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Markets await further US-China trade updates

Published August 12, 2019

By Rowan Murphy

With nothing (domestically or internationally) to be released today, expect liquidity and trading to be light on with a Japanese public holiday. This week though has a slew of economic releases both locally and internationally.

Locally we have the NAB Business Confidence survey, Westpac Consumer Sentiment, Wage Price Index and Unemployment, whilst internationally there is ‘bucket load’ of US data releases. Although most eyes and ears will be open for developments in the US-China trade story.

Trade tensions continued to drive financial market moves into the end of last week, markets had a risk-off tone as Trump warned that talks scheduled for next month may not take place.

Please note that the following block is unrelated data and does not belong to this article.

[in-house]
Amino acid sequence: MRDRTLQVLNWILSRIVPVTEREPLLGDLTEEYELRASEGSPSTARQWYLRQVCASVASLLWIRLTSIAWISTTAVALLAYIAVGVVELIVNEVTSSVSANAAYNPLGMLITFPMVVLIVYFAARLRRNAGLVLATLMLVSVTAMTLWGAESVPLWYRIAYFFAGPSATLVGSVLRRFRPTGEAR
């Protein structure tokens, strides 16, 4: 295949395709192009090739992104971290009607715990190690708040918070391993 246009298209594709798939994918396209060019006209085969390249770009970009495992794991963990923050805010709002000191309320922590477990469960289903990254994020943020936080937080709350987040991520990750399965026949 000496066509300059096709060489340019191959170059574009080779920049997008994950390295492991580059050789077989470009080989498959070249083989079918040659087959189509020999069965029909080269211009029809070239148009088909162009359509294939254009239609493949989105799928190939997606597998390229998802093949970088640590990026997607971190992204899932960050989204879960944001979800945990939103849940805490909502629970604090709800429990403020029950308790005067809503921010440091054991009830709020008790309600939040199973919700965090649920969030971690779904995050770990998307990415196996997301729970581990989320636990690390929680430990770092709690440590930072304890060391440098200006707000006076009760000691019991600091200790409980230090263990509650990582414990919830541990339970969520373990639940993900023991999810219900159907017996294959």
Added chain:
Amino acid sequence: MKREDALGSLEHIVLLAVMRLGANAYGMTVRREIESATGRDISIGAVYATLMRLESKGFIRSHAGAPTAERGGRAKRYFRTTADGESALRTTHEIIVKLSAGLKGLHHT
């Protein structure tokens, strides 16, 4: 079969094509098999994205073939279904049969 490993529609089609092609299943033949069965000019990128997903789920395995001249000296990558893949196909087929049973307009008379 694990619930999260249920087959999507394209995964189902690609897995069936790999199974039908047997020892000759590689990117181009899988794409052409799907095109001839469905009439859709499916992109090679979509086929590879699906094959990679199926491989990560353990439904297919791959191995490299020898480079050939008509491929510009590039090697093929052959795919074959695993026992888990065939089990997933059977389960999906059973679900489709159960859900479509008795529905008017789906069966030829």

On the other side of the pond the UK economy contracted in Q2 (versus expectations for a flat read) and annual growth fell from 1.8% to 1.2%. The negative print adds to recessionary fears in an atmosphere where Brexit continues to dominate headlines, the approaching October deadline (self-imposed by BOJO) is on the very near horizon, given how long they had to deal with it so far.

Iron ore remained under pressure as rising supply and weakening demand (who could have guessed this was coming?) weighed, there has been a 14% decline in prices over the past week.

Gold futures remain at almost all-time highs as markets remain concerned about weakening economic growth and the escalating trade conflict.

Expect volatility to be the norm for some time yet.